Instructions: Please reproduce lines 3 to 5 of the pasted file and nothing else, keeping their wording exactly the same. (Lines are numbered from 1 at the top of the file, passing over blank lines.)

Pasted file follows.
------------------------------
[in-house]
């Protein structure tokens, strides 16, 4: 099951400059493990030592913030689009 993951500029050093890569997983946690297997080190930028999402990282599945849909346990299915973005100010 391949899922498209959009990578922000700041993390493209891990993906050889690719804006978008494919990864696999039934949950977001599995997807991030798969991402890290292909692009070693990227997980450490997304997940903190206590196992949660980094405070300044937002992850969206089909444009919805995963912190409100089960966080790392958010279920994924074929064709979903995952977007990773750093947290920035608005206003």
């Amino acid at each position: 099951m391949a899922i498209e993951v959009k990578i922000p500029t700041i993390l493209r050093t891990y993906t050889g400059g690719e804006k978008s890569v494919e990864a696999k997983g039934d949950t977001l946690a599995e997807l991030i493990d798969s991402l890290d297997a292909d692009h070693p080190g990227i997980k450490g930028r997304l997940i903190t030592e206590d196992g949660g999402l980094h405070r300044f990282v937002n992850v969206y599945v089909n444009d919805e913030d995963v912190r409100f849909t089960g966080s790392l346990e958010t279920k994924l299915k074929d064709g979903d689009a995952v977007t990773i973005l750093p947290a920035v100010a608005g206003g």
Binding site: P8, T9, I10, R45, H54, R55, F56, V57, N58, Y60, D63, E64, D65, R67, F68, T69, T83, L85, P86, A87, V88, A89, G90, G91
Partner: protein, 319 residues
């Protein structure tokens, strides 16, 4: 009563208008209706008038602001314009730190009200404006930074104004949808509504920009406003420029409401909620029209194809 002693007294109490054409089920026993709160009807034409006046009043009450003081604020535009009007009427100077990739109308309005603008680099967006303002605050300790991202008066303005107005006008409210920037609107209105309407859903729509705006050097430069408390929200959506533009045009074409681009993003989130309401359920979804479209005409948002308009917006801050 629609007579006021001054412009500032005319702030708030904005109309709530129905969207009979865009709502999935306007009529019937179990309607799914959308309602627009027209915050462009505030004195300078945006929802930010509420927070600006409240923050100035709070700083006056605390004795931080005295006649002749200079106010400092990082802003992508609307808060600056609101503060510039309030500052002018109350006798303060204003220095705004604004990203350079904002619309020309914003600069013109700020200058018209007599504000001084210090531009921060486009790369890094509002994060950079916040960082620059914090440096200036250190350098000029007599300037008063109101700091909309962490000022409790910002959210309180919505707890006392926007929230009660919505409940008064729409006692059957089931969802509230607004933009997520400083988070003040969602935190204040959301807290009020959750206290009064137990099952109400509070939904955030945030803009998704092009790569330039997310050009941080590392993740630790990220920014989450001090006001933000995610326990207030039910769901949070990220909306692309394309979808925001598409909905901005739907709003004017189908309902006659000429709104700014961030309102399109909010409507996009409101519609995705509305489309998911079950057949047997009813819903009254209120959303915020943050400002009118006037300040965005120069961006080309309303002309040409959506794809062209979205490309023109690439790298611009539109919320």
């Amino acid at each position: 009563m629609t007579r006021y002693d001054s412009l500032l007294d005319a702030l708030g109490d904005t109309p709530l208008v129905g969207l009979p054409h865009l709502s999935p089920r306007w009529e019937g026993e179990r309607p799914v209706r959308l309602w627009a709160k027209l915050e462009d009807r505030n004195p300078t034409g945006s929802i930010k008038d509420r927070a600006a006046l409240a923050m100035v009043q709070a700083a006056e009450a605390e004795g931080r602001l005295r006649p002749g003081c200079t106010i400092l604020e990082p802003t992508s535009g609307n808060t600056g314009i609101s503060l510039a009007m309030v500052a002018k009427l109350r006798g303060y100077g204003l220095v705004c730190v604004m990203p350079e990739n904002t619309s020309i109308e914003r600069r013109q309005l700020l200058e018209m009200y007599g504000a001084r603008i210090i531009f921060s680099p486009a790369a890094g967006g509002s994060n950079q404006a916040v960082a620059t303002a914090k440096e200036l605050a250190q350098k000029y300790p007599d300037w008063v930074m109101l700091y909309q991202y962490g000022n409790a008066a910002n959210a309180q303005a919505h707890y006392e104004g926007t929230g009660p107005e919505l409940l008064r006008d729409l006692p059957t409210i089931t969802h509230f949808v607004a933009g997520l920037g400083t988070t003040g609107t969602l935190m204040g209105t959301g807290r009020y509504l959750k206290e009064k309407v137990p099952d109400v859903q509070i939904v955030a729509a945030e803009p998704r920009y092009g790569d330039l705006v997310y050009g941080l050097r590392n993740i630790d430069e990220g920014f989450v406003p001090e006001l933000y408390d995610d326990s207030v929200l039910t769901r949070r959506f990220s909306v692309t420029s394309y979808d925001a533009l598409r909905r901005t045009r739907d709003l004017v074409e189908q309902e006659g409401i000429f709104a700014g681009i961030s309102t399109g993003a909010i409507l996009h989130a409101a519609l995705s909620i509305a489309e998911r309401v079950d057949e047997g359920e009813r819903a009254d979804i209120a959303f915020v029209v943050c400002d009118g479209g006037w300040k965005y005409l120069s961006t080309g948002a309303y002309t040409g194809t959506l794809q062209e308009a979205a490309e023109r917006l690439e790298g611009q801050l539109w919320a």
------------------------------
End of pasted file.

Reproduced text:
């Amino acid at each position: 099951m391949a899922i498209e993951v959009k990578i922000p500029t700041i993390l493209r050093t891990y993906t050889g400059g690719e804006k978008s890569v494919e990864a696999k997983g039934d949950t977001l946690a599995e997807l991030i493990d798969s991402l890290d297997a292909d692009h070693p080190g990227i997980k450490g930028r997304l997940i903190t030592e206590d196992g949660g999402l980094h405070r300044f990282v937002n992850v969206y599945v089909n444009d919805e913030d995963v912190r409100f849909t089960g966080s790392l346990e958010t279920k994924l299915k074929d064709g979903d689009a995952v977007t990773i973005l750093p947290a920035v100010a608005g206003g």
Binding site: P8, T9, I10, R45, H54, R55, F56, V57, N58, Y60, D63, E64, D65, R67, F68, T69, T83, L85, P86, A87, V88, A89, G90, G91
Partner: protein, 319 residues